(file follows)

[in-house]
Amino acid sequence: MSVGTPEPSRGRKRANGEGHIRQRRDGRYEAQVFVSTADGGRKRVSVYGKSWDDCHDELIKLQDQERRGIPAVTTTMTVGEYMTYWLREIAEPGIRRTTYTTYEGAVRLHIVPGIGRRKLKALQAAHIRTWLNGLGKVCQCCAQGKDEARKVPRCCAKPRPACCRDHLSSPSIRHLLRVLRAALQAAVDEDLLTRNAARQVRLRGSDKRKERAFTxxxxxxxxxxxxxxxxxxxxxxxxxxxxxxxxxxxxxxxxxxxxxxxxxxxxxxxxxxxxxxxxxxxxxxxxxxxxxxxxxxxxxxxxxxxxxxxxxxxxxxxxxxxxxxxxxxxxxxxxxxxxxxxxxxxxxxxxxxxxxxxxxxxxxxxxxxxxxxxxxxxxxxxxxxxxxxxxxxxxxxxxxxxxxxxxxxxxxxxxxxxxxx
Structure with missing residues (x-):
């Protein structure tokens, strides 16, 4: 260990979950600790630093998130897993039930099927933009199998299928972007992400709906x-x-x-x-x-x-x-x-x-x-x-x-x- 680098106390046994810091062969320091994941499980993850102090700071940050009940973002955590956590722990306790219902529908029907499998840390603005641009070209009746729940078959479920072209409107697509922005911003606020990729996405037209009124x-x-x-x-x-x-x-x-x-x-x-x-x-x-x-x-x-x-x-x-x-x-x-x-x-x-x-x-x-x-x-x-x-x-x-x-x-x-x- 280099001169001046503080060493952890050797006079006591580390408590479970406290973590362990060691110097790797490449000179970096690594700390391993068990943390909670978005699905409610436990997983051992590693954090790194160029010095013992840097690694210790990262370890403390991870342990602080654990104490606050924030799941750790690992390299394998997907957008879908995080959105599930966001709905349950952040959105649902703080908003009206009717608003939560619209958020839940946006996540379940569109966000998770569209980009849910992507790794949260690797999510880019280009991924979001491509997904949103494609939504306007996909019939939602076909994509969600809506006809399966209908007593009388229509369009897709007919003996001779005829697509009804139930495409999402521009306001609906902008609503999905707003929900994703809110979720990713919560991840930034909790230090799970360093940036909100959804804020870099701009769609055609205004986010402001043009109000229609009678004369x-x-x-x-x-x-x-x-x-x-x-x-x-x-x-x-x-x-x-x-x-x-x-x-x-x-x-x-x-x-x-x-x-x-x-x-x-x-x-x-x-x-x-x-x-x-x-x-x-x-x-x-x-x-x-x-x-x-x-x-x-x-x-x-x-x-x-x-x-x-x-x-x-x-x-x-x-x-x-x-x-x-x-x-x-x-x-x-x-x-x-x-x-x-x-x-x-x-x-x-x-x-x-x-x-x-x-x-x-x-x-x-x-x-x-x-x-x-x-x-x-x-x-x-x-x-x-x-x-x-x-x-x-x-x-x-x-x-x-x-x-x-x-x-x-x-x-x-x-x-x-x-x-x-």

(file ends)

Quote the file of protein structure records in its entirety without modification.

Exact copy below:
[in-house]
Amino acid sequence: MSVGTPEPSRGRKRANGEGHIRQRRDGRYEAQVFVSTADGGRKRVSVYGKSWDDCHDELIKLQDQERRGIPAVTTTMTVGEYMTYWLREIAEPGIRRTTYTTYEGAVRLHIVPGIGRRKLKALQAAHIRTWLNGLGKVCQCCAQGKDEARKVPRCCAKPRPACCRDHLSSPSIRHLLRVLRAALQAAVDEDLLTRNAARQVRLRGSDKRKERAFTxxxxxxxxxxxxxxxxxxxxxxxxxxxxxxxxxxxxxxxxxxxxxxxxxxxxxxxxxxxxxxxxxxxxxxxxxxxxxxxxxxxxxxxxxxxxxxxxxxxxxxxxxxxxxxxxxxxxxxxxxxxxxxxxxxxxxxxxxxxxxxxxxxxxxxxxxxxxxxxxxxxxxxxxxxxxxxxxxxxxxxxxxxxxxxxxxxxxxxxxxxxxxx
Structure with missing residues (x-):
């Protein structure tokens, strides 16, 4: 260990979950600790630093998130897993039930099927933009199998299928972007992400709906x-x-x-x-x-x-x-x-x-x-x-x-x- 680098106390046994810091062969320091994941499980993850102090700071940050009940973002955590956590722990306790219902529908029907499998840390603005641009070209009746729940078959479920072209409107697509922005911003606020990729996405037209009124x-x-x-x-x-x-x-x-x-x-x-x-x-x-x-x-x-x-x-x-x-x-x-x-x-x-x-x-x-x-x-x-x-x-x-x-x-x-x- 280099001169001046503080060493952890050797006079006591580390408590479970406290973590362990060691110097790797490449000179970096690594700390391993068990943390909670978005699905409610436990997983051992590693954090790194160029010095013992840097690694210790990262370890403390991870342990602080654990104490606050924030799941750790690992390299394998997907957008879908995080959105599930966001709905349950952040959105649902703080908003009206009717608003939560619209958020839940946006996540379940569109966000998770569209980009849910992507790794949260690797999510880019280009991924979001491509997904949103494609939504306007996909019939939602076909994509969600809506006809399966209908007593009388229509369009897709007919003996001779005829697509009804139930495409999402521009306001609906902008609503999905707003929900994703809110979720990713919560991840930034909790230090799970360093940036909100959804804020870099701009769609055609205004986010402001043009109000229609009678004369x-x-x-x-x-x-x-x-x-x-x-x-x-x-x-x-x-x-x-x-x-x-x-x-x-x-x-x-x-x-x-x-x-x-x-x-x-x-x-x-x-x-x-x-x-x-x-x-x-x-x-x-x-x-x-x-x-x-x-x-x-x-x-x-x-x-x-x-x-x-x-x-x-x-x-x-x-x-x-x-x-x-x-x-x-x-x-x-x-x-x-x-x-x-x-x-x-x-x-x-x-x-x-x-x-x-x-x-x-x-x-x-x-x-x-x-x-x-x-x-x-x-x-x-x-x-x-x-x-x-x-x-x-x-x-x-x-x-x-x-x-x-x-x-x-x-x-x-x-x-x-x-x-x-």